WordPress Learning Curve

O.K. O.K. I haven’t posted for a while. I haven’t lost interest in health care reform, health care issues, or regulation of health care by experts who don’t seem to have spent much time in the trenches, but I gotta tell ya, I have great difficulty getting WordPress to do what I want it to do.

So I went about as far as I could on instinct with WordPress, but I realized if I was going to take advantage of all of the marvelous features of WordPress, I was going to have to take a bit of a sabbatical while I read the directions, aka, a  on WordPress.

I bought an Apple in 1982 when floppy disks were the norm and 256K of memory was considered honking good.  I have always been an Apple fan because I am not a nerd and don’t want to have to know much about what’s under the hood of what I drive.  I’ve been through my  Apple [ ], (I skipped the Lisa) Apple IIcx, my Apple IIsi, my Quadra 750, my blueberry apple, my two notebooks (one mysteriously disappeared somewhere never to be seen again) , and my two laptops, my iMac half melon, which I still use for my trusty OS 9.2 applications. And of course, my current iMac all-in-one.

I have happily written, designed, and done the layout for professionally published books on my aged Apples.  In the days when I could change the battery in my own machine.  That was really the only maintenance apples required.

And yes, I have an iPad and I hate it.  Doesn’t act like an Apple.  And yes, I have finally gotten an iPhone, and I still can’t get my email to work on it.  It’s as hateful as the iPad.

The problem is that Apples are becoming so complex I cannot even change my own computer battery any more, much less find the files in the system folder to delete annoying reminder messages. And the operating systems are becoming increasingly intolerant of older Apples.  It’s a shame. I’m still using my Apple Laserwriter Select 360, although I have to connect it to my network with Appletalk via a converter.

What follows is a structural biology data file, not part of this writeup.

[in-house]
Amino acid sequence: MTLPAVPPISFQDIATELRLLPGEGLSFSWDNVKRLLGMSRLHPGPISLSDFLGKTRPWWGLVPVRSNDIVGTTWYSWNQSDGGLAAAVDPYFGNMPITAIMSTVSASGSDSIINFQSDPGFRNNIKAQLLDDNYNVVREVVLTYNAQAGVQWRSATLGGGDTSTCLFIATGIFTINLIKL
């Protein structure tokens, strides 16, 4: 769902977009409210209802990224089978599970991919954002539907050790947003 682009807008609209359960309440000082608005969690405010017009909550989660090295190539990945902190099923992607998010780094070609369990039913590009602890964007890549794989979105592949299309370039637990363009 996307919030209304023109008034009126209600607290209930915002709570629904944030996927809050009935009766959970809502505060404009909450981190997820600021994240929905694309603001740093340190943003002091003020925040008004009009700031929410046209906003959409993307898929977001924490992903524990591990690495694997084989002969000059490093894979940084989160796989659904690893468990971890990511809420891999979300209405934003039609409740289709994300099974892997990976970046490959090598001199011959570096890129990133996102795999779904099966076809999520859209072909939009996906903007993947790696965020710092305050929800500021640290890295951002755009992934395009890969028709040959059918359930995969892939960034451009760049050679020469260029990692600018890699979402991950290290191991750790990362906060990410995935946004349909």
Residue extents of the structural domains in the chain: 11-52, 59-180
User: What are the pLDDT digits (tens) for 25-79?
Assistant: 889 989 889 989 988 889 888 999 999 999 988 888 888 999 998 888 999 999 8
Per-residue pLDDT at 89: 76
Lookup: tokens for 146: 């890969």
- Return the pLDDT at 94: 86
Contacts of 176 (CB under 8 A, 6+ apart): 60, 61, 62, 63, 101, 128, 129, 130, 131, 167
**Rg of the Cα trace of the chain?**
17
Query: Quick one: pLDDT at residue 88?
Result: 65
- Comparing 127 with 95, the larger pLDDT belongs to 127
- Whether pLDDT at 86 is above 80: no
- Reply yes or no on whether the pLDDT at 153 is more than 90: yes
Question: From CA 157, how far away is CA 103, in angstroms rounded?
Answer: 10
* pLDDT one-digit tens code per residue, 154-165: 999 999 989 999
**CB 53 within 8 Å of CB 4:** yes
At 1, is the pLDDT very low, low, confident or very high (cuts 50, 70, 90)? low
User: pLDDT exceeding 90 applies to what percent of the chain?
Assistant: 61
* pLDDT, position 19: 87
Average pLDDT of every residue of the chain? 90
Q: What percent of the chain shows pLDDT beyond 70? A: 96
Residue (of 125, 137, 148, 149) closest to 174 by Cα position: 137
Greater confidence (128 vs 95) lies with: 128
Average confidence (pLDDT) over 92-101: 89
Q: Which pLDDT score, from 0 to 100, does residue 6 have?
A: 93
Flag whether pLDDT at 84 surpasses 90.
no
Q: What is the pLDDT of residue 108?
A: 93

My first laptop would still recognize my Apple half-melon.  My second one will not.  The operating system is too new.  In fact, I actually updated the operating system on my first laptop, only to find that the update nixed out recognition of my Apple half-melon.  So I had to reinstall the original operating system.

I don’t like frequent updates.  I like things to work like they always have, and updates to software almost always do not.

Yes, I am getting to the point.  WordPress is certainly a much better program than it was three years ago when I gave it a spin and abandonned the effort.  But it is still not software that is easy to use if you don’t like looking at code. And hey, in the early days of this century, I did manually code my own web pages.  But like Apples, the common-person HTML beginnings have been upgraded beyond anything that a non-programmer would care to deal with.

So that leaves me having to deal with WordPress, which as user-friendly as it is, doesn’t have that early Apple cachet.  Yes, all these innovations to Apples, HTML, and WordPress have enabled users to do truly remarkable things with their blogs and web sites.  But what have we lost in this rush to add features? Accessibility.  Something that health care reformers have been touting as the new health care.  But the parallels with the rise of computer technology that the average person can master is writ large.

The WordPress book I’m plowing through? George Plumley’s , second edition. It’s actually a well-written book, organized in a reasonable way for the beginner, and in truth, I would recommend this to anyone who doesn’t find WordPress as user friendly as it’s cracked up to be.  My only complaint is that Plumley has a very tiresome habit of repeatedly telling me what a great program WordPress is. It may BE a great program, and there is a remarkable community of technical people growing and supporting it, but if you buy this book because you are frustrated with not being able to get WordPress to do what you want it to, you really don’t want to hear the mantra “great program.”

So, that said, I am trying to deal with WordPress and finding it about as use friendly as my miserable iPad. Actually, there are a few parallels here with health care reform.  In health care reform, everyone is talking about patient-centered care, communication between practitioners and patients, but the reality is this new paradigm is about as user friendly as the newer Apples.  Which is to say, not very.

dhaugen

Some young HR person once looked at my CV and asked me, quite seriously, if I had really done everything I had listed there. Well, yes. Because I am someone who can’t sit in a Morris Miller cubicle every day, much less for any great stretch of time. Once the problem is solved, I get bored and I’m ready to move on to the next challenge. This hasn’t afforded me any great stability in my work life. I simply arrive in places about ten years ahead of time. So far, at least, that penchant for early arrival hasn’t been accompanied with a pocketbook full of door knobs.

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